We would spend the night kipping on the front deck of a long house or village basher, the DC did not like Ulu living, infrequently we based our selves in Dyak Kampong's and trekked out to various places.
The Dyaks thought we were medicine men, one day a young mother brought her 2yr old daughter to visit us, the child's ear was a mass of festering puss, I cleaned it with warm salted water(that's all we had) dried off the ear and found the infection was in the fold of the ear.
Later in the campaign efforts were made to fly out local people with injuries or illness but this was early days, what to do? One of the lads had a tin of Germaline,I carefully
troweled the Germaline into the fold of the ear and made a wee bandage of a piece of field dressing, then asked the border guard to advise the mother to keep it covered for a couple of days, and off we went rejoicing,(chasing down the chink's weapons stash)
When we came back to the Kampong there was mum and child waiting for us, not looking forward to this, thinks I, off with the bandage, gently clean off the Germaline and there was clean, pink shiny skin, no more infection, we gave the Germaline to the mother, just in case, we felt really chuffed about that, it was a hearts and minds moment, never to be forgotten.
There was a tale about a certain Dyak old gentleman who had seen Royal helping people with their ailments, as best we could, he hobbled in with a walking stick, almost bent double, so some wag put a codeine tablet in the small of his back with some sticking plaster and sent him on his way.
The next day the old fellah was walking up right, no stick, just walking around telling everybody we were magicians, which of course we were, everybody knows that.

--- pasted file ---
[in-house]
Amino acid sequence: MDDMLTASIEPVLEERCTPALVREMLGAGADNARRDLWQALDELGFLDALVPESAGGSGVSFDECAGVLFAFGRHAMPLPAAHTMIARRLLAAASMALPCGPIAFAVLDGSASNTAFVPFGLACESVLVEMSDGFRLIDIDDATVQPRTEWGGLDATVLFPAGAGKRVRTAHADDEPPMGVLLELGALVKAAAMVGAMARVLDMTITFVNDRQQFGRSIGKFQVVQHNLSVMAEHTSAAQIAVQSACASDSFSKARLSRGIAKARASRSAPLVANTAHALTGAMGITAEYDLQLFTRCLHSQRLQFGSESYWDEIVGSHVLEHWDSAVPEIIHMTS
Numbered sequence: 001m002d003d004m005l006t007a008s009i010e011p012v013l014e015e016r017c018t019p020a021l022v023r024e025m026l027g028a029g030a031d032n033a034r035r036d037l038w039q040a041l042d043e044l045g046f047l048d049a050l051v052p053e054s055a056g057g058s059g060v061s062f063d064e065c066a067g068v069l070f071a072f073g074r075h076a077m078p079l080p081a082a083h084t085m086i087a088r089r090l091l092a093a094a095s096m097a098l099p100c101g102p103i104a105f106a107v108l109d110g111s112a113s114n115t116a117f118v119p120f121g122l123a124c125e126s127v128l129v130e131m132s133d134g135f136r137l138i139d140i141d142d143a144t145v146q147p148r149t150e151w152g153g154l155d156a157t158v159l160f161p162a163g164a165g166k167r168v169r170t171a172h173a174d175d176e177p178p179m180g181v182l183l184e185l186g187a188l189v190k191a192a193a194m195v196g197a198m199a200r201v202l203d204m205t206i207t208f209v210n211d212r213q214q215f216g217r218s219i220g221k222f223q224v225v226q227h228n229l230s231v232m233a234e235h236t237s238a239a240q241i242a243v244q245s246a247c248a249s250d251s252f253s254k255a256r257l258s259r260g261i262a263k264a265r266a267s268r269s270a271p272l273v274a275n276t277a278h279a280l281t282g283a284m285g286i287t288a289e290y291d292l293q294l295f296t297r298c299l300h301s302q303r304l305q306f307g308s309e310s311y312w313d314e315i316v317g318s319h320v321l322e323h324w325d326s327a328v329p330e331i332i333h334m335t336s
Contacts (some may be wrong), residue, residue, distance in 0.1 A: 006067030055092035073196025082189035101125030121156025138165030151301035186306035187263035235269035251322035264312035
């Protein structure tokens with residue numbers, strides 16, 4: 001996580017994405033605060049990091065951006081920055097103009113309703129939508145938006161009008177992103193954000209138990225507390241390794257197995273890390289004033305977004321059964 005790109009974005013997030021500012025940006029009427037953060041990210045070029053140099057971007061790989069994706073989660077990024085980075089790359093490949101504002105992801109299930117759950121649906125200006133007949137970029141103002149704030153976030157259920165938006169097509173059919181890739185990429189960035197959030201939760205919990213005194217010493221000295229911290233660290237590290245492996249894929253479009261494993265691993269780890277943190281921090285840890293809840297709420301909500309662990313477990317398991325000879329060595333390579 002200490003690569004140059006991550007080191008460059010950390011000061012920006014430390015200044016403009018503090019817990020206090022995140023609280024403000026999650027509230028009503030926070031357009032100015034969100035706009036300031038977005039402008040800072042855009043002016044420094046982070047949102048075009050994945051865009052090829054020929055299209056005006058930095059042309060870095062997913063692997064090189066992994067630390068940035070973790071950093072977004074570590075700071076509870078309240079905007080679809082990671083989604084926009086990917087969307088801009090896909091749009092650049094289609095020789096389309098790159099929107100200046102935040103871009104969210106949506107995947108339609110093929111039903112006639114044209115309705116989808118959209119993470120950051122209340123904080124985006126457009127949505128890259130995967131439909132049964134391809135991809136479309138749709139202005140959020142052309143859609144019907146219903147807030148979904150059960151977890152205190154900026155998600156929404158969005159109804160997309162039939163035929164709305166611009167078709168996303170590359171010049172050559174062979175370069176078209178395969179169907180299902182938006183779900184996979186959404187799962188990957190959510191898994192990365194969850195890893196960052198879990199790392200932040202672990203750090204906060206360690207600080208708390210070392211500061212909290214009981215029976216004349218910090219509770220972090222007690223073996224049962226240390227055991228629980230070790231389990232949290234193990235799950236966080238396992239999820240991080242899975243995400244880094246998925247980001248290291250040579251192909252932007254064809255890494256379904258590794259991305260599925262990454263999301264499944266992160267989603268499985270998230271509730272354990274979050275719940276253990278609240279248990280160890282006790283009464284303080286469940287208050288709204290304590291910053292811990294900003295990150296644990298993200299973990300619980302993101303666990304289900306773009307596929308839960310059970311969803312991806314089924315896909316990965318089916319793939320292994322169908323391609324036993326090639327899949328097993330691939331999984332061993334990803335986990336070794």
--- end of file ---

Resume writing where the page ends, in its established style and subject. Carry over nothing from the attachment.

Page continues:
The native people, Dyak and Iban were good to deal with, honest, trusting, and generous, always ready to share their machan(food ) with you.
Ate a few strange things whilst I was out there, my favourite was armadillo, the skin was tough but when prepared and cooked it tasted like boiled ham, (pass the mustard)
On our way back we came back down the Batang Kayan and stopped off at an Iban long house, a big one, Kampong Stungang(I think) Iban's love a piss up and knees up, deffo Royals kinda people.
They (the men) danced and the wemen played the drums to give the beat, not to be out done, Ivy, myself and Davy Mathews shook down with a conga(got fotos) Fagan did his best on the local drum kit.
They loved it, we were talking their language, the DC said they like you all very much, specially the one with the red hair, me. Well it just got better, out came the tuak, local vino, served in an aluminium kettle and poured straight down your gob, by a nubile female, kiss me, I'm in heaven.